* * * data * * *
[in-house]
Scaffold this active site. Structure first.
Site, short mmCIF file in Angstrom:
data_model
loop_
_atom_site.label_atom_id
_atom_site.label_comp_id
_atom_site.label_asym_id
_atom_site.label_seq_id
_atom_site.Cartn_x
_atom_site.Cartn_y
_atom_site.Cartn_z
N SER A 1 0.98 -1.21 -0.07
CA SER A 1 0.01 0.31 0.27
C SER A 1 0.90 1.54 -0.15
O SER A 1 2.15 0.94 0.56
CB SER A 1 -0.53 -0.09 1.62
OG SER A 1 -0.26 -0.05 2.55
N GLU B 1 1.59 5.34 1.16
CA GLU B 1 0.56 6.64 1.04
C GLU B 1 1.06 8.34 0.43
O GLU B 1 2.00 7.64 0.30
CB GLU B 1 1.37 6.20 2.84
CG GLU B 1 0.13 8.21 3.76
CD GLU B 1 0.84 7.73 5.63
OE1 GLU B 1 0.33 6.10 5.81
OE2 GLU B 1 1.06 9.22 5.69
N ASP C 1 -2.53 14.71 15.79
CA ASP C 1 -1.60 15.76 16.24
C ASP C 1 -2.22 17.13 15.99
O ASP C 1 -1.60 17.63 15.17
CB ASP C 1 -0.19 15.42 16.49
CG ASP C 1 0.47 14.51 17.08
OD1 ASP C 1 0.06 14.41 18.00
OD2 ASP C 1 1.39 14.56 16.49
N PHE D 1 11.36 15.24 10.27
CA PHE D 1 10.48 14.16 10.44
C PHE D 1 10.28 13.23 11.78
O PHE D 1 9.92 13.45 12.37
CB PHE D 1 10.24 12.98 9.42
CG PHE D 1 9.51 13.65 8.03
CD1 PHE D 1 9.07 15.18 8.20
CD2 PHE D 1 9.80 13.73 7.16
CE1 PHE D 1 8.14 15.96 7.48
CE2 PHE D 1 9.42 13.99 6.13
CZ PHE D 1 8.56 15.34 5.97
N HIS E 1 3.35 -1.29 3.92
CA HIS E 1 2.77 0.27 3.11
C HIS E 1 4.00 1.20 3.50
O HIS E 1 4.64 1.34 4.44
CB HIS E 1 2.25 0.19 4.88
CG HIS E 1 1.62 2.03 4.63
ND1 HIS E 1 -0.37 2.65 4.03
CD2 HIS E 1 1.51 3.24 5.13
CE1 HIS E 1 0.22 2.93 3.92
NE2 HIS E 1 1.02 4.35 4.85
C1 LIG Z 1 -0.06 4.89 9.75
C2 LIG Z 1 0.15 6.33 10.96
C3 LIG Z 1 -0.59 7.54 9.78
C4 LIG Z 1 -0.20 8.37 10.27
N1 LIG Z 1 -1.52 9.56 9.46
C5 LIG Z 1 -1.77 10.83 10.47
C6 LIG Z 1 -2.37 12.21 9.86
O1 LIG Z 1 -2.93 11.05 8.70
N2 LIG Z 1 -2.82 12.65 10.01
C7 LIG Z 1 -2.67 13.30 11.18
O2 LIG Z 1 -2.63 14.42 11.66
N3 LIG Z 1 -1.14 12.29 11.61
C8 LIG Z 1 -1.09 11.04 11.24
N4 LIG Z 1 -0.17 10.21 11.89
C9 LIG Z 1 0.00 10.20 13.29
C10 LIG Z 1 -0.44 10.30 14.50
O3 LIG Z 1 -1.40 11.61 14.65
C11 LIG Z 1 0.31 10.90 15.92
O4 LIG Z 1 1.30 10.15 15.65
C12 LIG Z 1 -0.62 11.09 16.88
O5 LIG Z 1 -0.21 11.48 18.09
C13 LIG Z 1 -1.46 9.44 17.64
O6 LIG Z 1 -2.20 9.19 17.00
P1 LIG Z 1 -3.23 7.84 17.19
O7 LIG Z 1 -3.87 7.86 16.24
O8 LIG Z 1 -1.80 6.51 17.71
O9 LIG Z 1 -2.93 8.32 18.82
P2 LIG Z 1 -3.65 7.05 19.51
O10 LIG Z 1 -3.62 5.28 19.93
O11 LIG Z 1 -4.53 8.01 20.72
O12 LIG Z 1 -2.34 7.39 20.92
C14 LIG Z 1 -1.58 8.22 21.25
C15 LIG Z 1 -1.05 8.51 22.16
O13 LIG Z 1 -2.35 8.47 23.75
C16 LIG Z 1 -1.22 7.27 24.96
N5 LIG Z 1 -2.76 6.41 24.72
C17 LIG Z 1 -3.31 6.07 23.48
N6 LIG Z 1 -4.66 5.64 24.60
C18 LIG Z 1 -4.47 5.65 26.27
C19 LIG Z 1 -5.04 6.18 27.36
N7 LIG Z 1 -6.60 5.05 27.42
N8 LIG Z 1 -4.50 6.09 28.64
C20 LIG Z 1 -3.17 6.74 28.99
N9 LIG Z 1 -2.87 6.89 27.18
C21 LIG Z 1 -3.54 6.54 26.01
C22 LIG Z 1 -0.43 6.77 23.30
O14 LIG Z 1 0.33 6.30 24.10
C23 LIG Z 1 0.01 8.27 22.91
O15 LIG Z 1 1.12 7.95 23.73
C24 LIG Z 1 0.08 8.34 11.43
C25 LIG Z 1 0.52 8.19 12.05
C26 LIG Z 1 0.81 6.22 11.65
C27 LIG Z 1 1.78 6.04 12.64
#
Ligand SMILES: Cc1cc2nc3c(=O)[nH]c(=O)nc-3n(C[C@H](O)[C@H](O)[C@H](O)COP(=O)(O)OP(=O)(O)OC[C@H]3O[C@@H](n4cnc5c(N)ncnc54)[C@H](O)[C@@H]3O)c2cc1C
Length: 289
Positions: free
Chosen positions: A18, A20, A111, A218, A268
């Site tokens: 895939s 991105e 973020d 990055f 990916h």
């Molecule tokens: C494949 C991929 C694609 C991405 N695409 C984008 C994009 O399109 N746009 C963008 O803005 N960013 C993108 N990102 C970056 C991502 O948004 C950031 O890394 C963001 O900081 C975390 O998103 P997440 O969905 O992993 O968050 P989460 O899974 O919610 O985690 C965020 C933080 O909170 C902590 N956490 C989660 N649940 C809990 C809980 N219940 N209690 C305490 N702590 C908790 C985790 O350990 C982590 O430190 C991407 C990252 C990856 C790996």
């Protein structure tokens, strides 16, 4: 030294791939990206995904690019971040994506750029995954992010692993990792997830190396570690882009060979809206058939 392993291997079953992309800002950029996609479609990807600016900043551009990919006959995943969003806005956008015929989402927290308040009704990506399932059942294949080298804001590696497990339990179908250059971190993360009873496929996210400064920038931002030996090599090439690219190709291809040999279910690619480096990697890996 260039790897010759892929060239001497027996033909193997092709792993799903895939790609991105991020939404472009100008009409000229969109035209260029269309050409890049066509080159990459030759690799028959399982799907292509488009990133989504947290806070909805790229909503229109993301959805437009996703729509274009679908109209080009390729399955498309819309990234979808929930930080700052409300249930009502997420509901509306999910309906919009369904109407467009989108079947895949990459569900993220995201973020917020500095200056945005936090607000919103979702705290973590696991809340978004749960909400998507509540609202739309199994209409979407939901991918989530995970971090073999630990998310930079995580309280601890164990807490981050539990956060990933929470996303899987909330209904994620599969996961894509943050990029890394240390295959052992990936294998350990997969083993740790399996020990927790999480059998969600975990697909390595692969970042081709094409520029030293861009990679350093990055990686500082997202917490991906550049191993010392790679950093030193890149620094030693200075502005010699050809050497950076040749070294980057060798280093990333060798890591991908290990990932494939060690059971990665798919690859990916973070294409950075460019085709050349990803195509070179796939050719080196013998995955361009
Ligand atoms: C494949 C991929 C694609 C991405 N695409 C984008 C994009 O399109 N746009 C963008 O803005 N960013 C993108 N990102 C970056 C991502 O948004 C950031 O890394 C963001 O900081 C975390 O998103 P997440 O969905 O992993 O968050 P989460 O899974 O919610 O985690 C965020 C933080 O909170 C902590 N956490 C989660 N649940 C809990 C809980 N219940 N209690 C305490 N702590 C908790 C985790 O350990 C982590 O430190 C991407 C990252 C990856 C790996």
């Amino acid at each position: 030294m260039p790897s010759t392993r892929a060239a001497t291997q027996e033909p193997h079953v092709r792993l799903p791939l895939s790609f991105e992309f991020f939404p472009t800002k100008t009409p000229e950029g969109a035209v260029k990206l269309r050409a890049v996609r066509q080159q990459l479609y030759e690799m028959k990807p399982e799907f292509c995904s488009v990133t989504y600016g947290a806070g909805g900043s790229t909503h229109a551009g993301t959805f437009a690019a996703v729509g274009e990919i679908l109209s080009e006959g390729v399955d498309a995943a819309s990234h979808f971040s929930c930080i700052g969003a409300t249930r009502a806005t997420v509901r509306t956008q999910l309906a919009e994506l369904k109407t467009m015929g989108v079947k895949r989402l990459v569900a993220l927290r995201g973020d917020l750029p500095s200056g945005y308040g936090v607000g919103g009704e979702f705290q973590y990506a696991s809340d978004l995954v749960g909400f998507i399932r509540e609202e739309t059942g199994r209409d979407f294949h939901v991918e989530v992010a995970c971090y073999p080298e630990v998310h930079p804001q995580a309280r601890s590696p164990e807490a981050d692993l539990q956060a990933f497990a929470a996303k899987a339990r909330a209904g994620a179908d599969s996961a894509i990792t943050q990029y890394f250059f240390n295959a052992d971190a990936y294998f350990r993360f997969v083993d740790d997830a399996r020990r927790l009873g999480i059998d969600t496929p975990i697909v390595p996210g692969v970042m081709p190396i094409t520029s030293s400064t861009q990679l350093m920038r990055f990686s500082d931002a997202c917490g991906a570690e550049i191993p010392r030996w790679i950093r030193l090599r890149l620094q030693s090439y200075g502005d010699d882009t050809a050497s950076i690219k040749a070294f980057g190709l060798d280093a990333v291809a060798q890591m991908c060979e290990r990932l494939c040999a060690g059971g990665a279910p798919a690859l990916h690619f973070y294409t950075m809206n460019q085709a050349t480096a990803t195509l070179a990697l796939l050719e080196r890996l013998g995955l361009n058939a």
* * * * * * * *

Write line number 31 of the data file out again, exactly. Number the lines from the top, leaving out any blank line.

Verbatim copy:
O ASP C 1 -1.60 17.63 15.17